28 July 2015, Writing Ideas – New Novel, part 389, more the True Creativity and Entertainment in Scenes Developing the Rising Action
Announcement: Ancient Light is delayed due to the economy. You can read more about it at http://www.ancientlight.com. Ancient Light includes the second edition of Aegypt plus Sister of Light and Sister of Darkness. I’ll keep you updated.
Introduction: I wrote the novel Aksinya: Enchantment and the Daemon. This was my 21st novel and through this blog, I gave you the entire novel in installments that included commentary on the writing. In the commentary, in addition to other general information on writing, I explained, how the novel was constructed, the metaphors and symbols in it, the writing techniques and tricks I used, and the way I built the scenes. You can look back through this blog and read the entire novel beginning with http://www.pilotlion.blogspot.com/2010/10/new-novel-part-3-girl-and-demon.html.
I’m using this novel as an example of how I produce, market, and eventually (we hope) get a novel published. I’ll keep you informed along the way.
The four plus one basic rules I employ when writing:
1. Don’t confuse your readers.
2. Entertain your readers.
3. Ground your readers in the writing.
4. Don’t show (or tell) everything.
5. Immerse yourself in the world of your writing.
All novels have five discrete parts:
1. The initial scene (the beginning)
2. The rising action
3. The climax
4. The falling action
5. The dénouement
The theme statement of my 25th novel, working title, Escape, is this: a girl in a fascist island nation will do anything to escape–a young cargo shuttle pilot not following the rules crashes on the island.
Here is the cover proposal for Lilly: Enchantment and the Computer. Lilly is my 24th novel.
The most important scene in any novel is the initial scene, but eventually, you have to move to the rising action. I’ve just started on the next major run-through of my novel, Escape.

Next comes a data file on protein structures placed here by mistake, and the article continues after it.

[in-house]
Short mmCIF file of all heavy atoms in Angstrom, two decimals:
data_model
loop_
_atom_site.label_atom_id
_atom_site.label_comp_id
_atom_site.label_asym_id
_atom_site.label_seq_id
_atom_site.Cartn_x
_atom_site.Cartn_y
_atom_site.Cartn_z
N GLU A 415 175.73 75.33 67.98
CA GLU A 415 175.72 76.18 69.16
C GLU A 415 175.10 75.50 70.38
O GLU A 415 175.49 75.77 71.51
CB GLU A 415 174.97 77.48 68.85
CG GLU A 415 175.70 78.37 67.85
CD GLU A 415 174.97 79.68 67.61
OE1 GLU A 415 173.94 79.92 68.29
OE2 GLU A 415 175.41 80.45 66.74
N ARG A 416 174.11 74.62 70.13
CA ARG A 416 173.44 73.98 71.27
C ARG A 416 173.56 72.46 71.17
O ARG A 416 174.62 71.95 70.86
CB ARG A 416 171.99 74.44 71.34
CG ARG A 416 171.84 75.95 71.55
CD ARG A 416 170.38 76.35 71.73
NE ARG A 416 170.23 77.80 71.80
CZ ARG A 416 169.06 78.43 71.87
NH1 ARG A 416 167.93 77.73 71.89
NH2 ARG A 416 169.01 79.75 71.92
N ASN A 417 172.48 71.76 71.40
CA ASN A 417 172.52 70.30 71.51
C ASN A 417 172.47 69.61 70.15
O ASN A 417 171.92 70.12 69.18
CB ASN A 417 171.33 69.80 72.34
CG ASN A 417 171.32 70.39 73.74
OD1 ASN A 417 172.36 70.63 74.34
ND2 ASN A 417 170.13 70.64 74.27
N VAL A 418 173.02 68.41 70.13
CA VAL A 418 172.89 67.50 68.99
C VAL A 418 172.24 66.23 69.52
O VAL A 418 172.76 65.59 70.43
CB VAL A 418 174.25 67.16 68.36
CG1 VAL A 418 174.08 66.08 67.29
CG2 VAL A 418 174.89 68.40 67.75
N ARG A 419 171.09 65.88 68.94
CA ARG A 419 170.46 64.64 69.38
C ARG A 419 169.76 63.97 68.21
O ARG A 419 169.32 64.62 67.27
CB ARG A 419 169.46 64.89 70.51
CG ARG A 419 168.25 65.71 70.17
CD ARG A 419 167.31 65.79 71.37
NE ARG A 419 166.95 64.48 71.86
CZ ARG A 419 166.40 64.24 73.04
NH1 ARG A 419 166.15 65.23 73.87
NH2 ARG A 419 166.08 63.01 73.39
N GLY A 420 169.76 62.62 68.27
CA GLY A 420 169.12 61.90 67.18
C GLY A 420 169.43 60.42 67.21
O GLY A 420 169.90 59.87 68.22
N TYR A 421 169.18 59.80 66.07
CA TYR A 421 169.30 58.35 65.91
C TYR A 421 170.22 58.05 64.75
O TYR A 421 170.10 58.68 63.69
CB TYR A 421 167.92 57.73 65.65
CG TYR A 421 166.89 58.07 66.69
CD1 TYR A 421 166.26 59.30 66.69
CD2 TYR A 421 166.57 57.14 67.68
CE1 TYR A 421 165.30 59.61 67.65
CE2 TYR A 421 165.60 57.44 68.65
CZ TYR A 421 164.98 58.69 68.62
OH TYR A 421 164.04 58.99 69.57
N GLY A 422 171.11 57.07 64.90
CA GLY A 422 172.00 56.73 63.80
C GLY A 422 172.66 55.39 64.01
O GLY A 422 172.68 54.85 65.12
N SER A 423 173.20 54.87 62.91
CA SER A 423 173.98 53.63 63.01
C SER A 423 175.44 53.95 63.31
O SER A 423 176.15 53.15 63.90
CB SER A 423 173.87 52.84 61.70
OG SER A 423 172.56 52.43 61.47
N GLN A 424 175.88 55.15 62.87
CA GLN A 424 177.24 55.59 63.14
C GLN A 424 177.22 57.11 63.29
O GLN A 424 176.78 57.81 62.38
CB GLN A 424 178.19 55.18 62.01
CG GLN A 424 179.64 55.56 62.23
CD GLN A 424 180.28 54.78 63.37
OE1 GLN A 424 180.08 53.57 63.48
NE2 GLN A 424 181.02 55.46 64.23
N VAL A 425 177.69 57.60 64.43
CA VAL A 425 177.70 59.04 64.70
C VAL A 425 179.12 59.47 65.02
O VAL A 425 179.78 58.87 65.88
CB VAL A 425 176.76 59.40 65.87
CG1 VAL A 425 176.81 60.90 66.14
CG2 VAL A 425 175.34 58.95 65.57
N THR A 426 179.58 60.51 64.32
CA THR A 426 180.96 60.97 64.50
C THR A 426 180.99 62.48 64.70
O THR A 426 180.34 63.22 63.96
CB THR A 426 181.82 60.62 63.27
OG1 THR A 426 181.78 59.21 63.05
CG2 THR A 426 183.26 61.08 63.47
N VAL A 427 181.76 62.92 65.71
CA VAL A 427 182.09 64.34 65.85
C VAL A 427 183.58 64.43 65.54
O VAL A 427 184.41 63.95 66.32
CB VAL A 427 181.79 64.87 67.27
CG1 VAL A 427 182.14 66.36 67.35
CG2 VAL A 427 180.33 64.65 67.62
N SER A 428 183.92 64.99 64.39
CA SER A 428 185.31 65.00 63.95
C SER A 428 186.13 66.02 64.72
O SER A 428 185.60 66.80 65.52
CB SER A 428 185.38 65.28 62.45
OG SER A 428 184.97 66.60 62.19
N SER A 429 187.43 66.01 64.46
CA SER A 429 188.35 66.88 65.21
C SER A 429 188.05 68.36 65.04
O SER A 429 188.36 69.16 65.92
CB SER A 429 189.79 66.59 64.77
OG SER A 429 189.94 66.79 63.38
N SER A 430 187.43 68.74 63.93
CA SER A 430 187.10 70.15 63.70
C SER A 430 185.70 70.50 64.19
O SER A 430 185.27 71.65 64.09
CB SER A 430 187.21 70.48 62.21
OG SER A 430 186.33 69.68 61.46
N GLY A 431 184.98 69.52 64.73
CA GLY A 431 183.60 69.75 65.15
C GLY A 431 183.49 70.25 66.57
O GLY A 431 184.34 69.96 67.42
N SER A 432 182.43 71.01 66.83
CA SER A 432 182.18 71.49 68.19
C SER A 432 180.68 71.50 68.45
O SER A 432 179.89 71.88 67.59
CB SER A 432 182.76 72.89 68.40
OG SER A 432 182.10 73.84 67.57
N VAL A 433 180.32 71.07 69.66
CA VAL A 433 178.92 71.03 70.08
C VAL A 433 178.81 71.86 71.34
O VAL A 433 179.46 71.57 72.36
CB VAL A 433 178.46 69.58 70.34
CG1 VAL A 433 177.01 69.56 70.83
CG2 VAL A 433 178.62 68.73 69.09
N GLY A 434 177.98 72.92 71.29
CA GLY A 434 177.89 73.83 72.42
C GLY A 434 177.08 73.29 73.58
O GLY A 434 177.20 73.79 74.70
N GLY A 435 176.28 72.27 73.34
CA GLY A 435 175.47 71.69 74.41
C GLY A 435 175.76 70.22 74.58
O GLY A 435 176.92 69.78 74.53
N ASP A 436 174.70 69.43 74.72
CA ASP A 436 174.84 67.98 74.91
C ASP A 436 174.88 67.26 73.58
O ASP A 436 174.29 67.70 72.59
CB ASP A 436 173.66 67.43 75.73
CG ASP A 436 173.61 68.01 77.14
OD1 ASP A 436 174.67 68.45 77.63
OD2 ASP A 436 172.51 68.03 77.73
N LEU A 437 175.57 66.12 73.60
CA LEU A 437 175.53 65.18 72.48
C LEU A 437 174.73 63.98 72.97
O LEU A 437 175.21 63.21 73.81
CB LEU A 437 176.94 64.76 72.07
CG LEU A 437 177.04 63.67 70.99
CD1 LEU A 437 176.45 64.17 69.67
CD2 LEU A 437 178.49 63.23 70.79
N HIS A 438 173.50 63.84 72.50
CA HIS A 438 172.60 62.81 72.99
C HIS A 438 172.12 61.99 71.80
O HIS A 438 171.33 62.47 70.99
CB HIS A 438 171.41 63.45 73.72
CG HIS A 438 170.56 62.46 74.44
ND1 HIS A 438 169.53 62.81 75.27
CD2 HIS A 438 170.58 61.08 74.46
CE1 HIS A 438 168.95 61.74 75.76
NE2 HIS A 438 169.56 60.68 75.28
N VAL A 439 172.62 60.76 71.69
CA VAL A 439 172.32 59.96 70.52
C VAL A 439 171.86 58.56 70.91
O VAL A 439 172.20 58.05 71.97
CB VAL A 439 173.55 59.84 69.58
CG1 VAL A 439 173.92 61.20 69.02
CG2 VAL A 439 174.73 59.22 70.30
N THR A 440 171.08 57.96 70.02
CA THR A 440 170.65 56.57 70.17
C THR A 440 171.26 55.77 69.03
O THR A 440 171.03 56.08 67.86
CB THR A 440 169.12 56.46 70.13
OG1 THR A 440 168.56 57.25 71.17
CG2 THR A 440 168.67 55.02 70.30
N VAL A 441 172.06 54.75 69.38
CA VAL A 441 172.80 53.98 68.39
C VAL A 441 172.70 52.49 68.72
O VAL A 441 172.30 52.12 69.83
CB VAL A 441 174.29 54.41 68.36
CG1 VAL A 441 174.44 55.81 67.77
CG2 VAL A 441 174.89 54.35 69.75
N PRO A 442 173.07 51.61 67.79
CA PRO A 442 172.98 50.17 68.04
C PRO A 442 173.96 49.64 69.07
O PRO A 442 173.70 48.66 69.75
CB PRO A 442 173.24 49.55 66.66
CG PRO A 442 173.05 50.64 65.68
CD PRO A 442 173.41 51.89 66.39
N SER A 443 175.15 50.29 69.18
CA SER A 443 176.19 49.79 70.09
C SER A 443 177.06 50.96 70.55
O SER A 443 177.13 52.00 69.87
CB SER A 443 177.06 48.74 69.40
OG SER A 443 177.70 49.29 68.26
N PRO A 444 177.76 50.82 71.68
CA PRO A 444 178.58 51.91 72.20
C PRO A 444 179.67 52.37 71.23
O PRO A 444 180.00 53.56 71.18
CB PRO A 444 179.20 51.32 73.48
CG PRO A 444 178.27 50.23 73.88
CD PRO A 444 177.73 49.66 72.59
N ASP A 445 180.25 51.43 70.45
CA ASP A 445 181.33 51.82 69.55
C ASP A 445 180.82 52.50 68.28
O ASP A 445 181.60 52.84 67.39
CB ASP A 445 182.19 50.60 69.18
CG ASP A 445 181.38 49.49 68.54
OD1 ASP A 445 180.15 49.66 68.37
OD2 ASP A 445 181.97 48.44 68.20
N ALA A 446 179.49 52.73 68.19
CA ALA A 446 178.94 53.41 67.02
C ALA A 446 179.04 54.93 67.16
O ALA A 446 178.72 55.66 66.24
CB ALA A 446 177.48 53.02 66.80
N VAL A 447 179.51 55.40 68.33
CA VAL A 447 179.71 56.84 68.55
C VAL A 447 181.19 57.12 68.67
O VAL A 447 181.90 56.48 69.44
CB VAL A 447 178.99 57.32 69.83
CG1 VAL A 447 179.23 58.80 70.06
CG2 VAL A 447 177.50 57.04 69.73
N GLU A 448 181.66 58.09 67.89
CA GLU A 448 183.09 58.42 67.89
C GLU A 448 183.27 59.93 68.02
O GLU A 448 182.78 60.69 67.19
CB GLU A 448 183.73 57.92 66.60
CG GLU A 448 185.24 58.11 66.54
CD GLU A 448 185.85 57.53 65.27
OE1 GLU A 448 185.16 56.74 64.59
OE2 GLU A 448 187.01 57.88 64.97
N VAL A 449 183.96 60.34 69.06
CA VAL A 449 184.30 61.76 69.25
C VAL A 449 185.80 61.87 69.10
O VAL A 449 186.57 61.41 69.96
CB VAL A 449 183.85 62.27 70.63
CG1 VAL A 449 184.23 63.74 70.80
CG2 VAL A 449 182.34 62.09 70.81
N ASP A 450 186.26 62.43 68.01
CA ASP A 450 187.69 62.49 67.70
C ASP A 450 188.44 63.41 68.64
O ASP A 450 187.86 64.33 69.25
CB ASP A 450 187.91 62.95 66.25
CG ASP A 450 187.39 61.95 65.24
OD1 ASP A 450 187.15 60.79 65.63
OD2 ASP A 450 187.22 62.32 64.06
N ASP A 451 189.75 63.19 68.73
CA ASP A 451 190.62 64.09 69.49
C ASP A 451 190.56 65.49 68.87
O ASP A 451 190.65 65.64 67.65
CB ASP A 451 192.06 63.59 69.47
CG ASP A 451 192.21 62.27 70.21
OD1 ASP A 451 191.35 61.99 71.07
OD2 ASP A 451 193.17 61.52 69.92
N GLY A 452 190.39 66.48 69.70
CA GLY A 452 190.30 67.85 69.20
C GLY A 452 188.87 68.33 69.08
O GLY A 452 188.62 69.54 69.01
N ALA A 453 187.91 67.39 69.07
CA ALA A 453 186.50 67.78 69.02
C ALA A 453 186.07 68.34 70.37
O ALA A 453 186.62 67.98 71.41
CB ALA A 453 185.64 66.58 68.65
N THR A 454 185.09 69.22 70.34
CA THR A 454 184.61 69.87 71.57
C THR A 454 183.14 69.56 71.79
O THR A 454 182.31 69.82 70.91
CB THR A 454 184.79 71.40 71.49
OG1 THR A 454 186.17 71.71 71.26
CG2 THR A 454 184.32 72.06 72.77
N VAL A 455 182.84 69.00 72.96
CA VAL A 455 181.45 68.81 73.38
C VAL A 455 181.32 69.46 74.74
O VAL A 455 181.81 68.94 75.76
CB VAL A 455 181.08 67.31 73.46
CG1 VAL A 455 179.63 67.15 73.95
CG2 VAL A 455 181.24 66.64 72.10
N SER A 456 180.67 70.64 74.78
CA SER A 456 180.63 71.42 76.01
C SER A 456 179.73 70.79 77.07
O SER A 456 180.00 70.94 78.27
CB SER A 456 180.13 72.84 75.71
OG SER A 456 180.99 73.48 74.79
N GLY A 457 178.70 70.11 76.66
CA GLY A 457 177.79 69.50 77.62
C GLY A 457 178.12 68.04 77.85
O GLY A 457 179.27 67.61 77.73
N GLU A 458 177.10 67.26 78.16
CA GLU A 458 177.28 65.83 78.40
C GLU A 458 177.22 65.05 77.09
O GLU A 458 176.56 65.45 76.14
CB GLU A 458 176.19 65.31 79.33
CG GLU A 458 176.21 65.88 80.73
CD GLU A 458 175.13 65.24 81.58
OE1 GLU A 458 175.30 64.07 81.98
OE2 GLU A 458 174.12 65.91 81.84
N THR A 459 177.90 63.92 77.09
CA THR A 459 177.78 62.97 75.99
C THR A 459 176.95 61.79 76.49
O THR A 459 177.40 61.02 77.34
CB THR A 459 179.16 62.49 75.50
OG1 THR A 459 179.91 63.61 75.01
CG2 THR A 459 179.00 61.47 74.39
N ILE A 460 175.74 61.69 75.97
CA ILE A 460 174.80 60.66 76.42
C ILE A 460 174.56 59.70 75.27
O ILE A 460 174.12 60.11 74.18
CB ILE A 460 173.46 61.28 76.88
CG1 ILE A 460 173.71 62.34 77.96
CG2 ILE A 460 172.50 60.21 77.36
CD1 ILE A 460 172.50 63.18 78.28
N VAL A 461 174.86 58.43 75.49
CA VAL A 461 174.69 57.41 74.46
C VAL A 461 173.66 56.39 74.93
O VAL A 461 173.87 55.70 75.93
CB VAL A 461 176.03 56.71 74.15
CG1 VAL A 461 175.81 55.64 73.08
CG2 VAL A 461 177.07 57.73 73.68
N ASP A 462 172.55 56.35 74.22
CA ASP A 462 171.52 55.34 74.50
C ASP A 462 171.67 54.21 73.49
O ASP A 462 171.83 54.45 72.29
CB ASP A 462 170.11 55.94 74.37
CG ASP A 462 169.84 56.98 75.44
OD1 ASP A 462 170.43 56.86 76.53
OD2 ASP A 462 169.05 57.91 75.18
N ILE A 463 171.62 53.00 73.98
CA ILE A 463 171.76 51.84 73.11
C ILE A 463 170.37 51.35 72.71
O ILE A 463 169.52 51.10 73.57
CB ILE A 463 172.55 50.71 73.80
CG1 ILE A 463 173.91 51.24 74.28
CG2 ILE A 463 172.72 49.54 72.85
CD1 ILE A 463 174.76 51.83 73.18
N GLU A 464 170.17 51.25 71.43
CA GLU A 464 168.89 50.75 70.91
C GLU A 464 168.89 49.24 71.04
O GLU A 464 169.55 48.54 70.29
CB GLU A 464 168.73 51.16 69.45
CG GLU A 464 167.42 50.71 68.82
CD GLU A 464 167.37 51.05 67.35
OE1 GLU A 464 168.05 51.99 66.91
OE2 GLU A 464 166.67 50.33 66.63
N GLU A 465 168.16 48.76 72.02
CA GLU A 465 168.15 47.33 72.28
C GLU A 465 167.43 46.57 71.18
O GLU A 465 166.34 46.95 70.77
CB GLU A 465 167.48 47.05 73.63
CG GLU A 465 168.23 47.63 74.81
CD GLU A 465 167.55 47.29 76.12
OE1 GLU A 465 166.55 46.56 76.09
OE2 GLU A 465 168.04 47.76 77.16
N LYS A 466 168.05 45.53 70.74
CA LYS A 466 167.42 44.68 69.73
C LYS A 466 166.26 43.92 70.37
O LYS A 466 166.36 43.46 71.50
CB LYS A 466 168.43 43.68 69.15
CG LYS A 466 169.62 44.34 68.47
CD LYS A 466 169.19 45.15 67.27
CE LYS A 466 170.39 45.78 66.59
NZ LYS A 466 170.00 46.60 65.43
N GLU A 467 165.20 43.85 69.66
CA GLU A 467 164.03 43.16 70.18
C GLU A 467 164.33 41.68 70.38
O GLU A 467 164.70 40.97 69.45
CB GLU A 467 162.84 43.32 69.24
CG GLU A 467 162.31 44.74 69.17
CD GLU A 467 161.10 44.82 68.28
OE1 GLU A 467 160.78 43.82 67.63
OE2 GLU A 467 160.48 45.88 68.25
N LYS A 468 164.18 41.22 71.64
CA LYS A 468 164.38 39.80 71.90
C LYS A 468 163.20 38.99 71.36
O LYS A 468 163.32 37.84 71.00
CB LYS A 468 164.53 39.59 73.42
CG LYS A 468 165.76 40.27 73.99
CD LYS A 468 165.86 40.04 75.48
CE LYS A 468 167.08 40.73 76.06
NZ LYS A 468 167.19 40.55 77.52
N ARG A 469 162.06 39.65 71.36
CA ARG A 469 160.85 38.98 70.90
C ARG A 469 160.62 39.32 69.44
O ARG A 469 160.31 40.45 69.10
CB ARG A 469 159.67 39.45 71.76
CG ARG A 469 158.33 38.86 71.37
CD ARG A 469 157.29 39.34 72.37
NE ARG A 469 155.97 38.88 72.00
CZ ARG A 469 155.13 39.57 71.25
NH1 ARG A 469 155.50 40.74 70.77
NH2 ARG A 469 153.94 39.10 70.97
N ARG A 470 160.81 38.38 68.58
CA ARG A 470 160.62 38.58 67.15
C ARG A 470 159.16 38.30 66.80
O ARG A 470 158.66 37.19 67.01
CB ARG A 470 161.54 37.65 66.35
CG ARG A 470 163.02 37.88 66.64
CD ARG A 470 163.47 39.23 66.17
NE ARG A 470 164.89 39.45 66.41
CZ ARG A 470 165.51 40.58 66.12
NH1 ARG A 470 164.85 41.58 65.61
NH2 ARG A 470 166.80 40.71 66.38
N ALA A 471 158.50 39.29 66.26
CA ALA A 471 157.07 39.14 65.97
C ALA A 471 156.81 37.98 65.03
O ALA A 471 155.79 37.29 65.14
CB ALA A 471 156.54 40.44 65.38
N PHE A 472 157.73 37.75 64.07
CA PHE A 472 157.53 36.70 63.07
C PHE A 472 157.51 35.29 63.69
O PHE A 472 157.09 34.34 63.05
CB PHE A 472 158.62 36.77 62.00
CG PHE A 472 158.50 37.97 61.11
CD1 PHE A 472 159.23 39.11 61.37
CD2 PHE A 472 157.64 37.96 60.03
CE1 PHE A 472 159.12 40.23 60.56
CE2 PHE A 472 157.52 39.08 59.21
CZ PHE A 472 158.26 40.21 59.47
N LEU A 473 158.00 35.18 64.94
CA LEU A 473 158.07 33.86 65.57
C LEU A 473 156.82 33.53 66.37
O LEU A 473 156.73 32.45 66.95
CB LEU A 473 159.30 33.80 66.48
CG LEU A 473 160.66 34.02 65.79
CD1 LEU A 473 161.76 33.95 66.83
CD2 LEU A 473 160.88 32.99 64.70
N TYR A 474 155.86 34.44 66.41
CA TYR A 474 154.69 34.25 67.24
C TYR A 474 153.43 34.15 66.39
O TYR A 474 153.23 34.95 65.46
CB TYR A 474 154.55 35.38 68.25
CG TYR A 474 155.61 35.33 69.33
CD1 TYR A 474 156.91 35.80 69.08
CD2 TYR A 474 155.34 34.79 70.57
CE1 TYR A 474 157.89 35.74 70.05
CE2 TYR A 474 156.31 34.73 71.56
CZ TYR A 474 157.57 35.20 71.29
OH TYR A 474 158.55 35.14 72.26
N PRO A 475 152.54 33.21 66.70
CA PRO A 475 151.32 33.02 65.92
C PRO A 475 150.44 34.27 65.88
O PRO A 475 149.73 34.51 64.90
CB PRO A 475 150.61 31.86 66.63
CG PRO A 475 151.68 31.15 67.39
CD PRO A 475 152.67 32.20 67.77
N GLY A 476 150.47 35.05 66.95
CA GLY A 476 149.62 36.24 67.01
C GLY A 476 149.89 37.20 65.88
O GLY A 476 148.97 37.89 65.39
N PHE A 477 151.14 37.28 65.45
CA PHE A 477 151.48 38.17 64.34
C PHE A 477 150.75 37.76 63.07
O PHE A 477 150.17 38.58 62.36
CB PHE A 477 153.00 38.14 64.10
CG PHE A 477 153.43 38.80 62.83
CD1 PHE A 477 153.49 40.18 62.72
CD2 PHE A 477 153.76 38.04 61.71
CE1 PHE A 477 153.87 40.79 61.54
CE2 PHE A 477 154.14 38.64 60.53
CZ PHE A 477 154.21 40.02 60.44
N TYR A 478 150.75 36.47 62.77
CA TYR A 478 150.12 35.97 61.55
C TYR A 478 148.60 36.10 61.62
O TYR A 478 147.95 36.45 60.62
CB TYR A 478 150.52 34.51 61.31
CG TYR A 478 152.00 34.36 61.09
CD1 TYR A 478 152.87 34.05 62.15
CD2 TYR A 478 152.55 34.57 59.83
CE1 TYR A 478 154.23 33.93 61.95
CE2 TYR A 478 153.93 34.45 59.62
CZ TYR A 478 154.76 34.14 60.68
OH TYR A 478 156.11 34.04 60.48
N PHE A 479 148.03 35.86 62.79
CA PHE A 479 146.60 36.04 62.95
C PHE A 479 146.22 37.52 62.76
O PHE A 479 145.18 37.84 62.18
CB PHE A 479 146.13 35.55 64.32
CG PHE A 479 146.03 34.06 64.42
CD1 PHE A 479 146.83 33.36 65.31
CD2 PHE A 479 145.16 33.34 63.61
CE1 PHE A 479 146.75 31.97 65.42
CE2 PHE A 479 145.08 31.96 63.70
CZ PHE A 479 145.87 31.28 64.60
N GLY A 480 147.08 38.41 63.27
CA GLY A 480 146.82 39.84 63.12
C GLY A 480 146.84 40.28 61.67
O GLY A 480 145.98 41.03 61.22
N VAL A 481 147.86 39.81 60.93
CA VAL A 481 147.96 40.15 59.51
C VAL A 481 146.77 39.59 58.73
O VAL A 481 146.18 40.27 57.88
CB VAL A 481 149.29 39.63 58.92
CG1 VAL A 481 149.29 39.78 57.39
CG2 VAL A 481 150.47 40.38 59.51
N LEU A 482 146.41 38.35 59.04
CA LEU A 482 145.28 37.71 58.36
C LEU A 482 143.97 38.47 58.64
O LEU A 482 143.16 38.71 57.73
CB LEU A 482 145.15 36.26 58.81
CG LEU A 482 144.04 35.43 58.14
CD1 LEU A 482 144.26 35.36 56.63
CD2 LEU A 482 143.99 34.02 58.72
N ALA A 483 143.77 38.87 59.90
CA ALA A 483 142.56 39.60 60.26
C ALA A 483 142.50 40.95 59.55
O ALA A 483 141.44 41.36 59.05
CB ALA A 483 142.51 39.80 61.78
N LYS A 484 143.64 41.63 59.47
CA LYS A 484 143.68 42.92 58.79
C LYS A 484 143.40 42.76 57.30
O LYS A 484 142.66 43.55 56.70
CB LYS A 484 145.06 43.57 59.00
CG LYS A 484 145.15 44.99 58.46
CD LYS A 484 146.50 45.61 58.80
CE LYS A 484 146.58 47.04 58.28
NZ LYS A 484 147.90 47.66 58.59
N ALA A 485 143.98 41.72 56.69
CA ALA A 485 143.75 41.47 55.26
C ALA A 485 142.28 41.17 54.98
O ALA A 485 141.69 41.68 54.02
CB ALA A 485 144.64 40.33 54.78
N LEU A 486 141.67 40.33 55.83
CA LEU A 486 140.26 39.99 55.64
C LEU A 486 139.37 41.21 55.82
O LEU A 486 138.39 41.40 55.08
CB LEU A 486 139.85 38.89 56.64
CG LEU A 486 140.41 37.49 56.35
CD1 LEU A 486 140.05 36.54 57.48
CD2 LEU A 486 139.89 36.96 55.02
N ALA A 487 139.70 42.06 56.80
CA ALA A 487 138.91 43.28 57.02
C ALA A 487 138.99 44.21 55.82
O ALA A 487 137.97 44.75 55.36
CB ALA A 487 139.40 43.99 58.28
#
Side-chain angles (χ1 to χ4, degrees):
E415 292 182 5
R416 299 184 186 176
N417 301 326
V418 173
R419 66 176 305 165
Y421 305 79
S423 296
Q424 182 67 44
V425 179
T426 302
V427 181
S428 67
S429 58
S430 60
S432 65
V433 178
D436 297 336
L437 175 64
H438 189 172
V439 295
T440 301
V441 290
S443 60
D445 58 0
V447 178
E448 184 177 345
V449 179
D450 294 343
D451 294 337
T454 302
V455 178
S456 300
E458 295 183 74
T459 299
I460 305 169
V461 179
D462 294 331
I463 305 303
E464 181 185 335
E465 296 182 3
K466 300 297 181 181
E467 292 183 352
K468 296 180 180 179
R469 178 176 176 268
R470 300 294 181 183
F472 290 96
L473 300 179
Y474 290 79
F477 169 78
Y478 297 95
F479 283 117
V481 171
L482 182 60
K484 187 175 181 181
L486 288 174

I’m an advocate of using the/a scene input/output method to drive the rising action–in fact, to write any novel.
1. Scene input (easy)
2. Scene output (a little harder)
3. Scene setting (basic stuff)
4. Creativity (creative elements of the scene)
5. Tension (development of creative elements to build excitement)
6. Release (climax of creative elements)
I can immediately discern three ways to invoke creativity:
1. History extrapolation
2. Technological extrapolation
3. Intellectual extrapolation
Creativity is like an extrapolation of what has been. It is a reflection of something new created with ties to the history, science, and logic (the intellect). I mentioned yesterday that creativity requires true study and true reading. I’ll explain.
Creativity requires work. Just like writing requires work. I have learned that no matter who you are until you write about one million words, you will not have the skill to write well enough to be published. That fits with the Outliers average of about 15,000 to 20,000 hours of experience to reach a level of professional in almost any field. If you want to be a writer, you need to write. If you want to develop creativity for your writing, you need to study.
Study is the primary basis for creativity. Here is a basic question in creativity. If you don’t know what is already in your field of endeavor, how will you know what is new (creative) or not. When I started my doctoral studies, the first step was a review of papers on the subject to discover an area of study that had either not been looked at or that had not been fully explored. If that is what a doctoral student must do, then in writing, to know the new (creative) mustn’t you study that area of knowledge or writing? Doesn’t that mean you should spend hour, days, weeks, months, and years of study so you can know your area of writing well and so you can then develop the creative out of it?
Just look at Leonardo Da Vinci. He studied and worked at study all his life. This is how you begin if you want to be creative–no one is born creative, can’t happen.